Cannabinoid Modulation of Fear Extinction Brain Circuits: A Novel Target to Advance Anxiety Treatment
Christine A. Rabinak and K. Luan Phan
Pages 2212-2217 (6)
Anxiety disorders, such as post-traumatic stress (PTSD), panic, and phobic disorders, can be conceptualized as a failure to inhibit
inappropriate fear responses. A common, effective treatment strategy involves repeated presentations to the feared cue without any
danger (extinction). However, extinction learning has a number of important limitations, and enhancing its effects, generalizability and
durability via cognitive enhancers may improve its therapeutic impact. In this review we focus specifically on the role of the cannabinoid
system in fear extinction learning and its retention. We address the following questions: What are the neural circuits mediating fear extinction?;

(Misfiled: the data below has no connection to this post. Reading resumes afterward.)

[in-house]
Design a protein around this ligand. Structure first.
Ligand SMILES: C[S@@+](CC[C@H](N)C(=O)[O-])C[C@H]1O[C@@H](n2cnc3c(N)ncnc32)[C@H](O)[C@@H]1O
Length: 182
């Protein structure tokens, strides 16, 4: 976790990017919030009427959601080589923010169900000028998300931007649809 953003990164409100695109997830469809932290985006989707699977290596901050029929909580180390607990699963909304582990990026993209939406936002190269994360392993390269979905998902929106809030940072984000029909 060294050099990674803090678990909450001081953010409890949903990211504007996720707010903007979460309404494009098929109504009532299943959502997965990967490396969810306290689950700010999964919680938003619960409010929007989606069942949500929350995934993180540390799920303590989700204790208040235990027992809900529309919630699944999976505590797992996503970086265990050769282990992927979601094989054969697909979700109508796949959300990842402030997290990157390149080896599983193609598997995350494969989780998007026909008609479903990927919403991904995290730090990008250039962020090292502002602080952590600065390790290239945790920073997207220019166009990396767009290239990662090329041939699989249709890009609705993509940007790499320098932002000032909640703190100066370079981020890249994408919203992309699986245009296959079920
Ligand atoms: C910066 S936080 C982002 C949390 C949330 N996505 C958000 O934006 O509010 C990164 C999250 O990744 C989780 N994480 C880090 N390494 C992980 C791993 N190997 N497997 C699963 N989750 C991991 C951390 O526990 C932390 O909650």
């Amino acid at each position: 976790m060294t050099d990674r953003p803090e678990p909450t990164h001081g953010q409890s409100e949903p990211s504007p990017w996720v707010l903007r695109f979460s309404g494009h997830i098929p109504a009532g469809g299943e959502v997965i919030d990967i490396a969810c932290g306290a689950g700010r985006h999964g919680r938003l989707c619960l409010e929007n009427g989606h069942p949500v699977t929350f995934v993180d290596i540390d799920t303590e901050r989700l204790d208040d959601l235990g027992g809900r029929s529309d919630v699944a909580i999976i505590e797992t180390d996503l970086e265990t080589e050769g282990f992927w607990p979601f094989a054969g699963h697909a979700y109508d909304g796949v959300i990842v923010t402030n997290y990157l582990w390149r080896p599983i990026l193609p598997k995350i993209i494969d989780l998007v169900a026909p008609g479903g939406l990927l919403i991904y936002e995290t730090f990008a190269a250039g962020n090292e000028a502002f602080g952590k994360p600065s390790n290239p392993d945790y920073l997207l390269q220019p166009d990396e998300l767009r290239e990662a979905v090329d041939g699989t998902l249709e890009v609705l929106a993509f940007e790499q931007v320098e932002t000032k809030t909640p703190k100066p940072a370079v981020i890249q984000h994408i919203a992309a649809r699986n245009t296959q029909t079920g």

Can we make fear extinction more effective?; Can cannabinoids facilitate fear extinction in humans?; How might the cannabinoid
system effect fear extinction? Collectively, translational evidence suggest that enhancing cannabinoid transmission may facilitate
extinction learning and its recall, and that the cannabinoid system is a potential pharmacological target for improving the active learning
that occurs during exposure-based behavioral treatments prompting future research in terms of mechanisms research, novel treatment approaches
(‘cognitive enhancers’), and pharmacotherapeutic drug discovery.
Cannabinoid, fear extinction, cognitive enhancer, ventromedial prefrontal cortex, hippocampus, amygdala, anxiety.
Department of Psychiatry, University of Michigan, Rachel Upjohn Building, 4250 Plymouth Road, Ann Arbor, MI 48109-2700.